Today, Terra Guinn continues her impressive run, working with Boeing and serving as one of the designers and structural analysts building the Space Launch System for NASA which is set to send people to Mars.
The work Guinn is involved with is very crucial given U.S. President Donald Trump has tasked NASA to return humans to the Moon by 2024, five decades after the Americans chalked the feat.
The Massachusetts Institute of Technology (MIT) African-American graduate, who majored in aeronautics and astronautics, holds a Bachelor of Science in Aerospace Engineering.
She is a Rocket Structural Design and Analysis Engineer and a full-time employee of the Boeing Company working to build NASA’s Space Launch System in New Orleans, LA, engineergirl.org notes.
She is married to a fellow aerospace engineer Myron Fletcher with whom she shares a baby boy. Myron holds a double degree in Aerospace Engineering and Physics from Tuskegee University, as well as, a Masters in Engineering Management from Duke University.
Guinn is keen to share her knowledge and encourage many more from her stock to take up science programmes and not be intimidated. She is doing this by availing herself to be contacted by educators for possible speaking engagements in schools or after school programs or summer camps.
In June 2017, at 22 years-old, Guinn was already a Rocket Structural Design and Analysis Engineer for the Space Launch System being built by Boeing for NASA. She designed and analyzed parts of a rocket she believes will be one of the biggest and most powerful in history.
The Atlanta native credits her mother, Sheila, an accountant, and her construction worker father as those who encouraged her to calculate things and measure things in her daily life.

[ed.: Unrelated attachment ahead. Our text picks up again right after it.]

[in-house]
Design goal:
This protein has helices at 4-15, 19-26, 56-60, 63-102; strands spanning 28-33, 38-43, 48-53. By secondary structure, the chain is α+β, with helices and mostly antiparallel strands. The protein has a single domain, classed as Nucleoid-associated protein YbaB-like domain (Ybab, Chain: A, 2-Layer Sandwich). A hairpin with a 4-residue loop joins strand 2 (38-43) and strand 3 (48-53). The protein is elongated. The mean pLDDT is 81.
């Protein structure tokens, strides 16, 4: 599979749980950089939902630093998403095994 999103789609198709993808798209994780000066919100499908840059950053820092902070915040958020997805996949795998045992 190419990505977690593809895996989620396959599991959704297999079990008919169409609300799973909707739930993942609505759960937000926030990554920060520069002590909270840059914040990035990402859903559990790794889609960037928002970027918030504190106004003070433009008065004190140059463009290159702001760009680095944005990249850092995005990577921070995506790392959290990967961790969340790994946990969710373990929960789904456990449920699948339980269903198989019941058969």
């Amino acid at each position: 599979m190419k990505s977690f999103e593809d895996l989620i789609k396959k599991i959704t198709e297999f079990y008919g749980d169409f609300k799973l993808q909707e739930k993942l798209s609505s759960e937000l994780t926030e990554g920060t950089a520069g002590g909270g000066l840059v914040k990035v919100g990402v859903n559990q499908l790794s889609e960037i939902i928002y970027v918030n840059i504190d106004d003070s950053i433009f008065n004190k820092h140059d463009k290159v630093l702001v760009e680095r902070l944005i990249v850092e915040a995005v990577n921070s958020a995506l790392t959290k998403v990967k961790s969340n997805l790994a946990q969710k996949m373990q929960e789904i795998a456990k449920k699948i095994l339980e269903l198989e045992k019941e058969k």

These exercises, including coupon clipping, totalling up grocery receipts and learning about the applications of architecture sharpened her mind, such that, by eleven, she had settled on Aerospace engineering as her field of choice.
Both she and her husband share an interest in influencing young people to join the world of science, technology, engineering and mathematics (STEM).
She’s received the 2017 Good Housekeeping’s Awesome Woman Award, which recognizes women who are impacting the world for the better by overcoming social constraints and influencing the world around them.
She is also a recipient of the Albert G. Hill Prize at MIT in 2017, which recognizes students in their junior or senior year who have excelled academically and impacted the environment at MIT in a way that improves campus climate for other minorities.
Guinn has also won the Most Promising Engineer – Industry Award at the 2019 Black Engineer of the Year Awards.
“You have to look forward to your dream and you can’t let anybody get in the way of it,” the female rocket engineer said in 2017. “No matter how tough it may be, no matter how many tears you might cry, you have to keep pushing. And you have to understand that nothing comes easy. Keeping your eyes on the prize, you can succeed,” she advised young girls who would like to follow in her footsteps.